Oi! Linguiſt or perhaps 18C perſon! Long eſs?

Draft of 2005.10.08 ☛ 2015.03.28

Having ſcanned and uploaded a contemporary Engliſh tranſlation of a little-known Voltaire work laſt night (you can proofread pages yourſelf!), we ’re having ſome of the typical converſations you might come to expect in ſuch a ſituation: “Is n’t it intereſting that the long ſ is used in all caſes except plurals and doublings (as in “miſsives”)?” and ſo forth. It always comes up. And then we have a quick viſit over into the territory of, “And the ‘y’ in ‘ye olde’ is actually not a ‘y’ but a thorn, or ‘þ’, ſo you ſay it ‘the old’…”, I ’m left with a nagging question:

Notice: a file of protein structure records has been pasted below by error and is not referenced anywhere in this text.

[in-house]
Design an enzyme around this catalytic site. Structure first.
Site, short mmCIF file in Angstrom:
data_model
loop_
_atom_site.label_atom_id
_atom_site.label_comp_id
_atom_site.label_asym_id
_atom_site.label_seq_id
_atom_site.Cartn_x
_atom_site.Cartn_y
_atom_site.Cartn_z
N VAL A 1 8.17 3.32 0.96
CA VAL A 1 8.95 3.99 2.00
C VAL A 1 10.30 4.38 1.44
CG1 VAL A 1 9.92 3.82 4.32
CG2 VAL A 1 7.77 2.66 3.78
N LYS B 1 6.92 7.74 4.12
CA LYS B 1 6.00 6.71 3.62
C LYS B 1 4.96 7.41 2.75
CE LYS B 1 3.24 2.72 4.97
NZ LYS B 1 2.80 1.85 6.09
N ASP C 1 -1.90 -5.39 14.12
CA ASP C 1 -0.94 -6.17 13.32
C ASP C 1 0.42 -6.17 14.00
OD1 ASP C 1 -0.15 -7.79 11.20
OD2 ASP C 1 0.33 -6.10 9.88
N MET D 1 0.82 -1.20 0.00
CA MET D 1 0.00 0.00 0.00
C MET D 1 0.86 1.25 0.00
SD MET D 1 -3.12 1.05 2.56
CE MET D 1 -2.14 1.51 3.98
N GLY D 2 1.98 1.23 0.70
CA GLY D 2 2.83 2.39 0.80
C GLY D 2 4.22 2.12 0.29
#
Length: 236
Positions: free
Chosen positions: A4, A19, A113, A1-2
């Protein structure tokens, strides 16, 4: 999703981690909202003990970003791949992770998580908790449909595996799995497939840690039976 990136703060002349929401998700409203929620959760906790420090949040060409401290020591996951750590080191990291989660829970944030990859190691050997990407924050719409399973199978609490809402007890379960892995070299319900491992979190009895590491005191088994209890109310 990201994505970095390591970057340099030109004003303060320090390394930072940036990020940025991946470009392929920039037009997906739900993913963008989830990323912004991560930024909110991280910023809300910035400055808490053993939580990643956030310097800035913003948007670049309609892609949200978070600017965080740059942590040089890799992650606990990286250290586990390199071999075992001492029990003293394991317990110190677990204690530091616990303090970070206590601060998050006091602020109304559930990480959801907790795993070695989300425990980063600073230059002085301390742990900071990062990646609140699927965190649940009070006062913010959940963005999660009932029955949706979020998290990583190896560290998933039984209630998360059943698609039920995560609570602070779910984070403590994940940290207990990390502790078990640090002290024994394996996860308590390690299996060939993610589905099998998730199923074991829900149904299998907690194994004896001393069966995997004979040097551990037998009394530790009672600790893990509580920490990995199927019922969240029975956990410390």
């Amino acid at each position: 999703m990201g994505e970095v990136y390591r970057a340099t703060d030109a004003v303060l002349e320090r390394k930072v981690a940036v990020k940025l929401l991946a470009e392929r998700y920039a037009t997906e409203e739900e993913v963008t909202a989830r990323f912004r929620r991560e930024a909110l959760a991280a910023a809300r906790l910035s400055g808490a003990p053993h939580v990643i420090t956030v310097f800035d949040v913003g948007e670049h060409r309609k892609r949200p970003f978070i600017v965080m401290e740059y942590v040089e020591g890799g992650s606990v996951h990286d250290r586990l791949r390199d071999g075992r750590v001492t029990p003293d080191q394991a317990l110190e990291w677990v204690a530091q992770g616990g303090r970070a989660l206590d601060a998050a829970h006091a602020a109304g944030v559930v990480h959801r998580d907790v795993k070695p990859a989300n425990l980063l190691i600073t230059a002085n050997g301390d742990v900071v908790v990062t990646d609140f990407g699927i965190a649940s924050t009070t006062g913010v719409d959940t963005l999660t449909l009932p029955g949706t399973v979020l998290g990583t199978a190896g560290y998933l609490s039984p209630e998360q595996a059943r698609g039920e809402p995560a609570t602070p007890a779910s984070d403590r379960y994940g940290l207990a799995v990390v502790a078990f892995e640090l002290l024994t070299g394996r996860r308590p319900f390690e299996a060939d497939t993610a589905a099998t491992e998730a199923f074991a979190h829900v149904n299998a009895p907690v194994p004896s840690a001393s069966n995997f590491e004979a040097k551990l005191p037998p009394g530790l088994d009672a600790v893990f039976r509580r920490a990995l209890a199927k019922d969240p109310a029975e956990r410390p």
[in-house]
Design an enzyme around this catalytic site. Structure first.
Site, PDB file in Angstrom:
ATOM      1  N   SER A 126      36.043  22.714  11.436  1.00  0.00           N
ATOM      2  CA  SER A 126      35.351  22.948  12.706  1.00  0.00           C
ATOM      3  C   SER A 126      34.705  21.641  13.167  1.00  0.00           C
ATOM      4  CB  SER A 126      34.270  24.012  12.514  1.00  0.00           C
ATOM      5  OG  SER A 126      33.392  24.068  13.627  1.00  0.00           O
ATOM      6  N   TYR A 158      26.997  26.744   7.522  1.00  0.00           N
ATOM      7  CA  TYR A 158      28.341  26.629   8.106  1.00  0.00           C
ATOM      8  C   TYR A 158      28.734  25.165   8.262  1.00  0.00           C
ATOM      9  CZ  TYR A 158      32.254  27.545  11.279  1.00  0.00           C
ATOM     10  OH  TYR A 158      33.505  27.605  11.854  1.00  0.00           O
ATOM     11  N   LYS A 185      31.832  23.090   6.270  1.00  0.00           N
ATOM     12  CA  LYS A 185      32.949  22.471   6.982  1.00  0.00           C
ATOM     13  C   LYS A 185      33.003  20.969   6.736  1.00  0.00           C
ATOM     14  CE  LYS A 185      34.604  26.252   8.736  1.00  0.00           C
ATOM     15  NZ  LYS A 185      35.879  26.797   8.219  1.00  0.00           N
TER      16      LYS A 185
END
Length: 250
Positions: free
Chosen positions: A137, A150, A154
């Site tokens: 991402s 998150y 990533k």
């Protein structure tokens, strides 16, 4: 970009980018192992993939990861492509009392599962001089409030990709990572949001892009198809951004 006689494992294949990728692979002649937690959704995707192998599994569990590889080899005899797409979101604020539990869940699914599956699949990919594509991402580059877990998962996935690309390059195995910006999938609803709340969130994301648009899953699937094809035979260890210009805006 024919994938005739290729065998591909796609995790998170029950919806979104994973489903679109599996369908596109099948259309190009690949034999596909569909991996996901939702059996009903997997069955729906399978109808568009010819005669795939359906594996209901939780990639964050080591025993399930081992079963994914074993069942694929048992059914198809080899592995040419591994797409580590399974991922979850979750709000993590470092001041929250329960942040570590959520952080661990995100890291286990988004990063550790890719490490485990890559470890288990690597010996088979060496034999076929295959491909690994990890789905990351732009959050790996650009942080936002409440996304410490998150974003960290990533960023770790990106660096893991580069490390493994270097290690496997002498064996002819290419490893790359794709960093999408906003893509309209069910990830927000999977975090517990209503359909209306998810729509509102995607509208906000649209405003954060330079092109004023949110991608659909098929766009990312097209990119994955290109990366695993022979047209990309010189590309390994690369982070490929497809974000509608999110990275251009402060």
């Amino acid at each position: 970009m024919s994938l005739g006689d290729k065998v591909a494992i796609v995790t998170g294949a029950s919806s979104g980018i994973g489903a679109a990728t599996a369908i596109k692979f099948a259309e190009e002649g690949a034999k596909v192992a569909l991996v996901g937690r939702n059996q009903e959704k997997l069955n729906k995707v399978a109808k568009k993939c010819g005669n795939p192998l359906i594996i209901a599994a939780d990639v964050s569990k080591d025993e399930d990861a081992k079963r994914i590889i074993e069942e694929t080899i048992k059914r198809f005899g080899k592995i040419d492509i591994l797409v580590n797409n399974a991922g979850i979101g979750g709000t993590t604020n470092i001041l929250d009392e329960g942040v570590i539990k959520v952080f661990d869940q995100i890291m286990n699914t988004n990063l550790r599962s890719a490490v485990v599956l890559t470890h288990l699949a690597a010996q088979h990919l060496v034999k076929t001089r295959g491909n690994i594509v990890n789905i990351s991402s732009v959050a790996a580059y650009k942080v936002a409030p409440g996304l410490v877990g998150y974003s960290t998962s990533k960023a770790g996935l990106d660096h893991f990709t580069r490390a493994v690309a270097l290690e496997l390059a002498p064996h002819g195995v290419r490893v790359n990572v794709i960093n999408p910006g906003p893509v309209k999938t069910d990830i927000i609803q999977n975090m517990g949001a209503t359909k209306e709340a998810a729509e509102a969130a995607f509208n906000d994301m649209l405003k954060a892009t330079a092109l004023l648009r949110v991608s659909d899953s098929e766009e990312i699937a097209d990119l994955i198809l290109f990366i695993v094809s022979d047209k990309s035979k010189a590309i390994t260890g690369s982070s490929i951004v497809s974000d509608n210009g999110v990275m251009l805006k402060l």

Why two kinds of eſs character, to begin with? Was there a time when they were, perhaps, pronounced differently? Or did they change as a consequence of ſome modern ſhift, perhaps in typeſetting conventions?

My hypotheſis ariſes from the ghoſt of that perennial (modern) proofreader’s nemesis, non-Germanics’ abuſe of the ‘ß’ character, which far too many technically aſtute folk miſtake for a Greek beta ‘β’, and which as a reſult many proofers need to repair in manuſcripts over and over and over and over….

But in my mind is that little queſtion-aſker: “Why is n’t the German character called an eſs-eſs”?